Graduates take a group photo at the University of International Relations in Beijing. (Photo: China Daily)
There is a big granite sign in front of my school's front gate. Engraved in both English and Chinese, it reads: The University of International Relations.
Late June in Beijing is very hot, but around that time you could always see a group of graduates standing atop the monument taking photos, cheering and throwing their graduation caps high into the air.
I frequently wondered if climbing onto it would be allowed, but the security guards there just turned a blind eye to an informal tradition.
But not this year.
On May 13, the Beijing authorities announced college graduates were allowed to come back starting June 6. We have 700 graduates, and they would come back in three batches, with each staying one week. Sadly, there would be no commencement ceremony.
The first batch came back on June 8. On June 11, Beijing reported its first local confirmed case. On June 15, total cases were up to 499, with a death toll of 9. The area where my school is located was announced as a medium-risk area. While the first batch of graduates had left two days prior, the second batch was to arrive that day.
There was a cloud of shock and fear hanging over the campus. Many students cancelled their trips immediately. Some arrived, but stayed just a few hours before rushing back to the airport or railway station.
On June 17, Beijing authorities announced "people related to high- and medium-risk areas are not allowed to leave Beijing". A student named Luyi called me. "I have bought a ticket for tomorrow," she said. "If I am not allowed to leave Beijing and the school forces me to leave, what can I do?"
I could hear she was crying. "If you are not allowed to leave Beijing, absolutely we will let you stay," I said. "This is your home!"
The next day, she left school early in the morning. At 10:51, she texted me: "I passed, and am on board." At 13:55, another one: "Arrived. I will start a 14-day self-quarantine at home. Thank you!" What a relief.
On June 18, the government announced college graduates were not allowed to come back. 3.5 million people were identified as requiring testing, including all people in high- and medium-risk areas. Daily testing capacity reached up to 400,000, and the government covered the costs of the nucleic acid tests.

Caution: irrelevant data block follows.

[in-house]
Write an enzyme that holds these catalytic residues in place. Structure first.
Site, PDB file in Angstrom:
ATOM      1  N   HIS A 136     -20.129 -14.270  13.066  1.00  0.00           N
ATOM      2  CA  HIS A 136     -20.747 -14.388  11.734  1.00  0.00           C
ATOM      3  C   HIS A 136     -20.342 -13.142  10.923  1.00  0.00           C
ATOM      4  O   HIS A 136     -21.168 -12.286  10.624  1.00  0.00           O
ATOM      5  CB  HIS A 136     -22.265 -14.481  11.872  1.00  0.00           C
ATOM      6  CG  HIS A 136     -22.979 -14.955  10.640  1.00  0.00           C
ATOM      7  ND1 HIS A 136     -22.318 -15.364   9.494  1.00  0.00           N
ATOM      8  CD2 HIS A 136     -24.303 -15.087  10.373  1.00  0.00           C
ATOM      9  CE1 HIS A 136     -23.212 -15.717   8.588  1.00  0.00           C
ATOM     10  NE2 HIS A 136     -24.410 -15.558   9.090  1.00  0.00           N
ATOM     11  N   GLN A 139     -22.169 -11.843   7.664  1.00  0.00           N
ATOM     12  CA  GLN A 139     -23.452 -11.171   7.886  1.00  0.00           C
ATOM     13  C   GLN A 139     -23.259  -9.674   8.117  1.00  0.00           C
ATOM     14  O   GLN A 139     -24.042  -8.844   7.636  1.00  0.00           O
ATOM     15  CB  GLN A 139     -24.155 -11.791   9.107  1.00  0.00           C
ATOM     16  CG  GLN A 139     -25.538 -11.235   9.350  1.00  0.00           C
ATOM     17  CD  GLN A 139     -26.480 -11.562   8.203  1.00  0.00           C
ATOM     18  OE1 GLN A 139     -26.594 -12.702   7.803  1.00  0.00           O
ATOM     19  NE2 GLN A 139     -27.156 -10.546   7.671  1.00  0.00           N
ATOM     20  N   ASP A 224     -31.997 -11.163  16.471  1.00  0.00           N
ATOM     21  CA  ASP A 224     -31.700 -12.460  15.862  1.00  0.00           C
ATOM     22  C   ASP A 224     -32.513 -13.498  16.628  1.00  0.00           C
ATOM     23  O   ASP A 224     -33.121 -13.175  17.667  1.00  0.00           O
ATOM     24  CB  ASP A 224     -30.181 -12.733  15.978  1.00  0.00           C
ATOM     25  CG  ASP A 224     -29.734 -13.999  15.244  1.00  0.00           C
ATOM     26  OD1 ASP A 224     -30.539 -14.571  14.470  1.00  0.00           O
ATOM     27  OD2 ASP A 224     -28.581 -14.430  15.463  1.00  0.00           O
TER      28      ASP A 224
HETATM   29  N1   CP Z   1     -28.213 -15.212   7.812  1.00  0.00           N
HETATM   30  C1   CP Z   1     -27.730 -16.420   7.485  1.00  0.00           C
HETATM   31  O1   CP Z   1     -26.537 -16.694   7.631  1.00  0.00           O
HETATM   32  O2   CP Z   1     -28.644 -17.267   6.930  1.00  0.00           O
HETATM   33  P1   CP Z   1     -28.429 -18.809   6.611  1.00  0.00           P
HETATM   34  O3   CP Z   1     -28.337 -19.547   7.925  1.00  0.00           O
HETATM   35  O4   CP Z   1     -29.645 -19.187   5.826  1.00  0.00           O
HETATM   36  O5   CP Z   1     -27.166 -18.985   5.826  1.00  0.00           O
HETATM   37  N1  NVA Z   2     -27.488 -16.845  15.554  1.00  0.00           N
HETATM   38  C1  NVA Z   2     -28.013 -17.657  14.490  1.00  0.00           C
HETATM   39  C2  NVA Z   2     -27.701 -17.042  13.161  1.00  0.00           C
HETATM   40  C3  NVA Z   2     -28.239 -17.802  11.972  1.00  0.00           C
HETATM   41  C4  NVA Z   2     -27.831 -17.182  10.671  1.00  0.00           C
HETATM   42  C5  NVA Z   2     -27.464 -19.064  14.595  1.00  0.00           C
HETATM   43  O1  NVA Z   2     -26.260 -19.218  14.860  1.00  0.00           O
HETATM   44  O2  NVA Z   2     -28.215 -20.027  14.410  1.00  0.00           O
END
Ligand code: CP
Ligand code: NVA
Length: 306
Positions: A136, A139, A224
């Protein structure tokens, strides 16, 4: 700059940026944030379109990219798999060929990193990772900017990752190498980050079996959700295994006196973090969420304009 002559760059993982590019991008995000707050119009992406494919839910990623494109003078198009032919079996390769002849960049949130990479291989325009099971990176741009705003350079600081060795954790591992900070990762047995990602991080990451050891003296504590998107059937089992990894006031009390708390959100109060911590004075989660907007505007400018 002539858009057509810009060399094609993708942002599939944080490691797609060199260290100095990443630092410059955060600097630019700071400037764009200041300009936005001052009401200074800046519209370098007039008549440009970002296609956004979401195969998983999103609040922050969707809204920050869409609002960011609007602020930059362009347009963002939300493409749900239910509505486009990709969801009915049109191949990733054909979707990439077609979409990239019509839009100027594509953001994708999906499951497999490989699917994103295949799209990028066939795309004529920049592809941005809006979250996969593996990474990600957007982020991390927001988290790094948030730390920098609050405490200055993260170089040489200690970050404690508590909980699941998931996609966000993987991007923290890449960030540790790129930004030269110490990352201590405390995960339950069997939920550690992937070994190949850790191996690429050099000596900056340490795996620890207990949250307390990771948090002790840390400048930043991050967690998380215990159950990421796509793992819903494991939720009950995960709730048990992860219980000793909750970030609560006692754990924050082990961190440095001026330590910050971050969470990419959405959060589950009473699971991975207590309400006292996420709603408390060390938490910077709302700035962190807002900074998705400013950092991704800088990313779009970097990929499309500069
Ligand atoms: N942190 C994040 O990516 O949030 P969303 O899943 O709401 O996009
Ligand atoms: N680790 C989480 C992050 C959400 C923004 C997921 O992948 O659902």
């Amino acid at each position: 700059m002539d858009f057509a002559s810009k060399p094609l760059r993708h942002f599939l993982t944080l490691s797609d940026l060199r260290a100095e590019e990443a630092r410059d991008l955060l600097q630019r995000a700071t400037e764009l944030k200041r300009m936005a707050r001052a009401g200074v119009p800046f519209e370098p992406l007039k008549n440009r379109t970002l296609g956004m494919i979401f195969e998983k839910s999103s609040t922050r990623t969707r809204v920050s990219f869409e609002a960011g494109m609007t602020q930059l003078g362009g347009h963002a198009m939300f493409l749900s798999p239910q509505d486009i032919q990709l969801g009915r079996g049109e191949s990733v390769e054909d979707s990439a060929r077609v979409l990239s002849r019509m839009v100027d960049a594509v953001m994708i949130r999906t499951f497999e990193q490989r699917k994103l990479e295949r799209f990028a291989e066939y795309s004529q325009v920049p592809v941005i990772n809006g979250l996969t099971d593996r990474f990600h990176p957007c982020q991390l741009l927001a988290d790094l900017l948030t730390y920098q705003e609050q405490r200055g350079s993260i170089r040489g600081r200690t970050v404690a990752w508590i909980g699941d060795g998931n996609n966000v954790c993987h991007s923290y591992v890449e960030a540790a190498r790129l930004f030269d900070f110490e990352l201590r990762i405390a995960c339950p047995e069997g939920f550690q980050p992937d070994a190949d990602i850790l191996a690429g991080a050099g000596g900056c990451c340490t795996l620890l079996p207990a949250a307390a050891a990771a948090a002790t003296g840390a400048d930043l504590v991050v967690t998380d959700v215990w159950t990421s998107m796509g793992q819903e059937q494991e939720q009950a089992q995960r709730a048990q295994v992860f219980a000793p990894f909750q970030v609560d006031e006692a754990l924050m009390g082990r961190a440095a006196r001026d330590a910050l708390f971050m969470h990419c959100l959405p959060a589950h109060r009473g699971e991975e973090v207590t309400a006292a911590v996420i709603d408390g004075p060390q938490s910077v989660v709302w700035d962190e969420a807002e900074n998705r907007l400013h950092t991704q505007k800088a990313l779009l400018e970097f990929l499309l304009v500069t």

On June 19, all people on campus lined up for the test. If anyone didn't show, staff from the neighborhood committee would try their best to find him or her. "It is not only about your health, but also about all others." It sounded like a cliché, but it was the truth.
About 4,000 people were tested. The 30-person testing team worked until 9 pm after already having worked at another nearby compound for four hours in the morning; they would have to continue their work in their labs late that night.
Inside the school gate, there is still a huge billboard welcoming graduates, and on it is a Chinese poetic couplet, meaning: "Coming back safely is the sincere wish of the teachers, sailing away successfully is the best blessing of the school."
Some graduates didn't come back. What about their luggage? The half that had come back were encouraged to help those who couldn't. Still, 100 more graduates' belongings needed to be handled. About 20 teachers did what wascalled "livestreamed packing". We worked hard. I noticed the T-shirt of Mr. Wei from the Office of Student Affairs was wet with sweat.
On June 21, I entered a room which smelled musty. I asked a student on WeChat: "Let me know what you want to keep, and what to abandon."
"I got a nice job already," he said. "I want to say goodbye to all books of English tests, please throw them away. But please take good care of my guitar."
On the same day, Beijing announced the last medium-risk area, Huaxiang, was degraded to low-risk. Fortunately, no one from my school was infected, but most of the world's class of 2020 had graduated without a commencement ceremony.
This is a difficult period, but hard times make strong men and women. Our graduates learned how to go through the graduation process and search for internships, jobs and interviews online. Some learned how to cook, and many worked as volunteers at gates of residential compounds. Most students didn't leave home and avoided social activities, which also makes a contribution to society.
My department has 60 graduates this year, and their future seems promising. Some of them are going to graduate school at Chinese or foreign universities, some will work in Xinhua News Agency and People's Daily or companies like ByteDance, and some will be civil servants. Unfortunately, some are still looking for jobs or failed the postgraduate entrance examination, but they will "fight a second war". I wish them luck.
On August 21, the Chinese government announced the full reopening of all schools for the coming semester. For graduates next year, I firmly believe they will have a wonderful commencement ceremony. My school is considering inviting the class of 2020 to come back next graduation season. We made a virtual graduation photo this year, and it looked pretty good, but we still need a real one.
Luyi is a graduate student at Hong Kong University now, and she has already started taking classes online. Hopefully the pandemic there will be brought under control soon, so that she can really go there as soon as possible.
The writer is an associate professor and chairman of the culture and communications department at the University of International Relations in Beijing.